"“Empathy is not an autistic problem, it’s a human problem, it’s a deficit in imagination.” We can’t truly step into another neurotype, but we can seek story and perspective. I’ll leave you with this video offering a taste what it is like to endure the daily gauntlet of neurotypical questioning. To not respond to questions is to be called rude. To not respond will get you publicly color-coded as an orange or red and denied perks that the compliant NT kids get. To not exchange this disposable social styrofoam is to be a problem. Make it stop. Empathize with what it is like to navigate these interactions while dealing with the sensory overwhelm of raucous environments not designed for you."
ryanboren  autism  neurodiversity  empathy  2017  communication  inclusion  inclusivity  segregation  marginalization  unschooling  deschooling  schools  education  learning  reciprocity 
december 2017 by robertogreco
Eve Tuck on Twitter: "I'm Alaska Native but grew up in a white community in Pennsylvania. I realized while talking with my children today that even the concept of… https://t.co/IzA9R1bKCI"
"I'm Alaska Native but grew up in a white community in Pennsylvania. I realized while talking with my children today that even the concept of reciprocity is taught differently between Indigenous + white communities...

In the white community, it was taught w a negative connotation. Like "tit for tat" or "what comes around goes around."

In the white community in which I attended schools reciprocity was taught as something for the weak. As something for suckers. As a concept to be gamed or taken advantage of.

In Alaska Native communities, reciprocity is life. Is what it is to live in a good way, with honor.

Reciprocity is an offer of water to drink before taking an animal's life (as in teachings that Oscar Kawagley shared) because we can't forget the ways our lives depend on each other, are mutually implicated; and that is a gorgeous, courageous way to live, not weak.

Capitalism disguises reciprocity. But reciprocity is actually the higher law.

Reciprocity is misunderstood as something akin to quid pro quo. This is a total emptying of the concept."
2017  evetuck  reciprocity  alaska  indigenous  oscarkawagley  quidproquo  honor  interdependence  capitalism  mutualism  multispecies 
november 2017 by robertogreco
The Art of Teaching
[via: "The slide deck for the workshop is superb. Such a great experience, so grateful to @tchoi8 & the other participants." https://twitter.com/dphiffer/status/879465006449909760

referencing also: "How I learn to build things. Something I created for @tchoi8’s Art of Learning workshop at @eyeofestival."
https://twitter.com/dphiffer/status/879366496354488322 ]

[video: "Absence is Presence with Distance"
https://vimeo.com/234330230

"As an artist, I work with technology and narrative – formal and relational projects. As an activist, I examine personal and political – practice and praxis. As an educator, I create feedback between plastic and elastic – learning and unlearning. My talk is set at the dawn. We are waiting for the sun to rise and we are full of questions. What’s the role of an artist as an activist now? How can we critique oppressive systems that create the sense of ‘others’ based on ability and legal status? What’s kind of pedagogy can we experiment through alternative schools? How can we create a community among those who have nothing in common? By creating art, we can give form to our intentions, contribute to making the world we want to live in.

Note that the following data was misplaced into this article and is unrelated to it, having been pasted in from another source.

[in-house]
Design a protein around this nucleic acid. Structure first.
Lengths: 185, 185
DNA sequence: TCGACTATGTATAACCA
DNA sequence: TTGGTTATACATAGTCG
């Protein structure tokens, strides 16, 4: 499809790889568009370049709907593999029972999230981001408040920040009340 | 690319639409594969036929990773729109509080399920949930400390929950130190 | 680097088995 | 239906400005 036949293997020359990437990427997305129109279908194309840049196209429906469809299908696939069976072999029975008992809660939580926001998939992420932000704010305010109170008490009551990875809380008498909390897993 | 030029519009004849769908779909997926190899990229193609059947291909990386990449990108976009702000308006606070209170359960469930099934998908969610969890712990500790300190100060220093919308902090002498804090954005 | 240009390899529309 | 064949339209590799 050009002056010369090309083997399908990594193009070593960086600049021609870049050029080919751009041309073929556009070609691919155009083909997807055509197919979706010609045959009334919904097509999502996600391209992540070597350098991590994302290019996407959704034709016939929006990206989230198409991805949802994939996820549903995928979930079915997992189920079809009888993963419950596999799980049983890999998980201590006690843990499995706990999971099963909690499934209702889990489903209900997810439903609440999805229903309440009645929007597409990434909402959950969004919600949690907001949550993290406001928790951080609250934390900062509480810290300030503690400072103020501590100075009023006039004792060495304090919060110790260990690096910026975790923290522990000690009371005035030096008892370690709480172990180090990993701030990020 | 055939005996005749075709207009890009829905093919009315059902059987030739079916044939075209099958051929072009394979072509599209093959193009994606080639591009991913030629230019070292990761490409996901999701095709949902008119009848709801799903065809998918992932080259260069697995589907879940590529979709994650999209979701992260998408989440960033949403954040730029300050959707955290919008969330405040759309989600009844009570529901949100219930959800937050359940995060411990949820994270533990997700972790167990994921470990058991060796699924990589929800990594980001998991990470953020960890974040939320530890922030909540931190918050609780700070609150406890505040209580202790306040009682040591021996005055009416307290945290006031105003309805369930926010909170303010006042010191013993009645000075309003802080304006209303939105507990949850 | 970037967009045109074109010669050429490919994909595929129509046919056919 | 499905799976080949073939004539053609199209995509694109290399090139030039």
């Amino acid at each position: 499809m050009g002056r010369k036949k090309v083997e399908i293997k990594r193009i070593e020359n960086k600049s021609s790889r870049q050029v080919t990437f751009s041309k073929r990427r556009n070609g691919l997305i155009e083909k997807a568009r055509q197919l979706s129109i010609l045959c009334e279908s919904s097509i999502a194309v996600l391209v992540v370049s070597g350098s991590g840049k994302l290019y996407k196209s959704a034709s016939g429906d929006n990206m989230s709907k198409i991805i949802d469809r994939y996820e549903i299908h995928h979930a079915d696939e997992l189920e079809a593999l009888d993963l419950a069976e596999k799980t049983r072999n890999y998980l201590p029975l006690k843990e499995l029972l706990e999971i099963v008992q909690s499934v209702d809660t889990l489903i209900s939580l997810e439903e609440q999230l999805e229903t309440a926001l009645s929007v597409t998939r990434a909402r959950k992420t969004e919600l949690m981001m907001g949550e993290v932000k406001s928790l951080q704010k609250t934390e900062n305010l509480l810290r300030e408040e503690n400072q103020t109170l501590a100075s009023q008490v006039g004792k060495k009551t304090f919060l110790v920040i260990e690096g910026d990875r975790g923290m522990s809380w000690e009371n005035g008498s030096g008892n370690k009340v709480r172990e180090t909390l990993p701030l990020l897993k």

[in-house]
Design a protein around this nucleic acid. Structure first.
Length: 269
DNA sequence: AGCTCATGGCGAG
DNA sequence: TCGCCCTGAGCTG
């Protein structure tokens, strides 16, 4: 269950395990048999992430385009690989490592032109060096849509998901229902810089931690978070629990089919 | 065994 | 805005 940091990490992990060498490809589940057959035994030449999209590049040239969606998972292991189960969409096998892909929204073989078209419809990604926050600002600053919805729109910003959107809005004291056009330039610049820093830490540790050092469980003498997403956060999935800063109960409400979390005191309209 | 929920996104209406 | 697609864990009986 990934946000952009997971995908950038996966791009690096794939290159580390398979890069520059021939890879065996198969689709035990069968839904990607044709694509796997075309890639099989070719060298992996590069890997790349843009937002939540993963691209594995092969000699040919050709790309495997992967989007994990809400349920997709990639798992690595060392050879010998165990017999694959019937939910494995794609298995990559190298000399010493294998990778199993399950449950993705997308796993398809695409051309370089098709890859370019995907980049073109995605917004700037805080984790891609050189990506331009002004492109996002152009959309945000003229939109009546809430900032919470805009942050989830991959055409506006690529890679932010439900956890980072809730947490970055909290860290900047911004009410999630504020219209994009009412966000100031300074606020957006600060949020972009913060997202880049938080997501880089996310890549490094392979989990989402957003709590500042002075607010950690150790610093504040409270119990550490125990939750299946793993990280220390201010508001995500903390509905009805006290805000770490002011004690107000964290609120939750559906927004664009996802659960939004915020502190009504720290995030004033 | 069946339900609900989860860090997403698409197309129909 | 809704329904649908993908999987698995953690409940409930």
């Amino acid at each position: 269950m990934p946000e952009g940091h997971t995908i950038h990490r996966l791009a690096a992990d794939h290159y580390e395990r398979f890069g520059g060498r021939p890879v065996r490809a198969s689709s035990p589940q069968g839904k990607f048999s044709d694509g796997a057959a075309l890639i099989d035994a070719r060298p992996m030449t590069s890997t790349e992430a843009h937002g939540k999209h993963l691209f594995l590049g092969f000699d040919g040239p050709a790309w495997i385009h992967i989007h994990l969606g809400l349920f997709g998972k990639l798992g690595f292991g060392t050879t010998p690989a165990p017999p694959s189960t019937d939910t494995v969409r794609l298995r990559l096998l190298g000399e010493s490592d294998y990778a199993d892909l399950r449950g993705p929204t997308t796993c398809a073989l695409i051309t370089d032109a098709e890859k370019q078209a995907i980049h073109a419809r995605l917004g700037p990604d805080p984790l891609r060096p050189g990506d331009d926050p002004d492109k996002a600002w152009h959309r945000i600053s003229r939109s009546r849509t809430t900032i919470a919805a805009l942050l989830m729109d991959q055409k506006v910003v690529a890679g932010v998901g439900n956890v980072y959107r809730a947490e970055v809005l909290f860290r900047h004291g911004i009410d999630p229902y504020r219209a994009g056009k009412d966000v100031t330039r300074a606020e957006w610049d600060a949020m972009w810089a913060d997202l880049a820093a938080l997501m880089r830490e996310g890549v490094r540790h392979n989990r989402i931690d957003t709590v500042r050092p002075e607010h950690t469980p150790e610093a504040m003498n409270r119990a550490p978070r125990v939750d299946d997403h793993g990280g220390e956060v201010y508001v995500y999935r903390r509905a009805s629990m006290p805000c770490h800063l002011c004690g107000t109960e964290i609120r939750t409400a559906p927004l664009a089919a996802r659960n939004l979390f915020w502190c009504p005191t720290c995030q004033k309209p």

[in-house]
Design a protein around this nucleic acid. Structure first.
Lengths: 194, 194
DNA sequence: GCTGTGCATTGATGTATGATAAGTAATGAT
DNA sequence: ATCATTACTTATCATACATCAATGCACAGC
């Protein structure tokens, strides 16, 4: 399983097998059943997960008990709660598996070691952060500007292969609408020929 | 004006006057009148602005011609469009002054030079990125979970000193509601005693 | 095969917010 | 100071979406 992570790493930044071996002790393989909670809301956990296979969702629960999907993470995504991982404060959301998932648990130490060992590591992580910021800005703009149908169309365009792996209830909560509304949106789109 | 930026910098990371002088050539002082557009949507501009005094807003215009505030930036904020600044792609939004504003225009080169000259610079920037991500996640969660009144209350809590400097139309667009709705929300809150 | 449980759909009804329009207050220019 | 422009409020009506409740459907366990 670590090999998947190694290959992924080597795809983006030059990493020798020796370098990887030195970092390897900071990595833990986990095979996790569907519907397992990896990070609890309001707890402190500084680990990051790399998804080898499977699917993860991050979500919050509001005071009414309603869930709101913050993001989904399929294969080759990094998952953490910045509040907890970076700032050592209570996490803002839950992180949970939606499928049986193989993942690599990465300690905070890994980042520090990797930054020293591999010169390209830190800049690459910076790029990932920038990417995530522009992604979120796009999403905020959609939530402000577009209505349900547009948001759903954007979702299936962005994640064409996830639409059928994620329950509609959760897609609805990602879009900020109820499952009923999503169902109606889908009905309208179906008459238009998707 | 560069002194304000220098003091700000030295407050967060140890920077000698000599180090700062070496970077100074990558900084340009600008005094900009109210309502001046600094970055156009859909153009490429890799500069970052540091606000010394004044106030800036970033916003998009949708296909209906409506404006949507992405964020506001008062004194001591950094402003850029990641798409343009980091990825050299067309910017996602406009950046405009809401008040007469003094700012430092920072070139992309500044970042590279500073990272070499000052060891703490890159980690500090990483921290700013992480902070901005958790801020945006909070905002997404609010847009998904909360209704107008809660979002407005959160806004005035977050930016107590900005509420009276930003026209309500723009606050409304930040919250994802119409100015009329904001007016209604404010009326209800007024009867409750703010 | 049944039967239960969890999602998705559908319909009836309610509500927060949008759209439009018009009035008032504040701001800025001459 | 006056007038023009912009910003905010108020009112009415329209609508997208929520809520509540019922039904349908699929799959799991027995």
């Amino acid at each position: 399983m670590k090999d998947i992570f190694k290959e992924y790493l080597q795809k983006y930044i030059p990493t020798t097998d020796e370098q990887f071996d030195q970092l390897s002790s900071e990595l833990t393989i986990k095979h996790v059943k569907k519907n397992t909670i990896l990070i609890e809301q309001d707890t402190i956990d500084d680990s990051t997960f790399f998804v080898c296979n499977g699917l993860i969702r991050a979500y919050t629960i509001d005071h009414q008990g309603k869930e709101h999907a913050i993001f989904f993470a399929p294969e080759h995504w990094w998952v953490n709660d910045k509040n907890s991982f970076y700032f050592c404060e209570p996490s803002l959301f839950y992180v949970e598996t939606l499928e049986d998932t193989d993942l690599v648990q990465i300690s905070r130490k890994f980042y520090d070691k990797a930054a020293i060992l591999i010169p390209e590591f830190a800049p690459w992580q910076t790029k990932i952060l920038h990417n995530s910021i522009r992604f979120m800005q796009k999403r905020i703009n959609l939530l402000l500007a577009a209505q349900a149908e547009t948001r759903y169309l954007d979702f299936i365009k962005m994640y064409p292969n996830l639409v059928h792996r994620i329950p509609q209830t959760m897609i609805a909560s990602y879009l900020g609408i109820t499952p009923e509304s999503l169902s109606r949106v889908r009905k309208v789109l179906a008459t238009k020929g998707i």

( For a companion posting to this talk visit:

https://medium.com/@tchoi8/absence-is-presence-with-distance-c0712aada56c )]
taeyoonchoi  education  teaching  purpose  routine  ritual  silence  flow  conflict  communication  structure  nurture  authority  kojinkaratani  jean-lucnancy  community  howweteach  pedagogy  learning  howwelearn  eyeo2017  unlearning  curriculum  syllabus  sfpc  schoolforpoeticcomputation  art  craft  beauty  utility  generosity  sfsh  tcsnmy  lcproject  openstudioproject  classideas  cv  reciprocity  gifts  kant  discretion  instruction  discipline  johndewey  bmc  blackmountaincollege  justice  annialbers  stndardization  weaving  textiles  making  projectbasedlearning  materials  progress  progressive  unschooling  deschooling  control  experimentation  knowledge  fabrication  buckminsterfuller  constructivism  constructionism  georgehein  habit  freedom  democracy  paulofreire  judithbutler  sunaurataylor  walking  christinesunkim  uncertainty  representation  intervention  speculation  simulation  christopheralexander  objectives  outcomes  learningoutcomes  learningobjectives  remembering  creativity  evaluation  application  analysis  understanding  emancipation  allankaprow  judychicago  s 
june 2017 by robertogreco
When I Heard the Learn’d Astronomer… – Arthur Chiaravalli – Medium
"As I reflect back on these experiences, however, I wonder if the standards-based approach gave me a warped view of teaching and learning mathematics. I had apparently done an excellent job equipping my students with dozens of facts, concepts, and algorithms they could put into practice…on the multiple-choice final exam.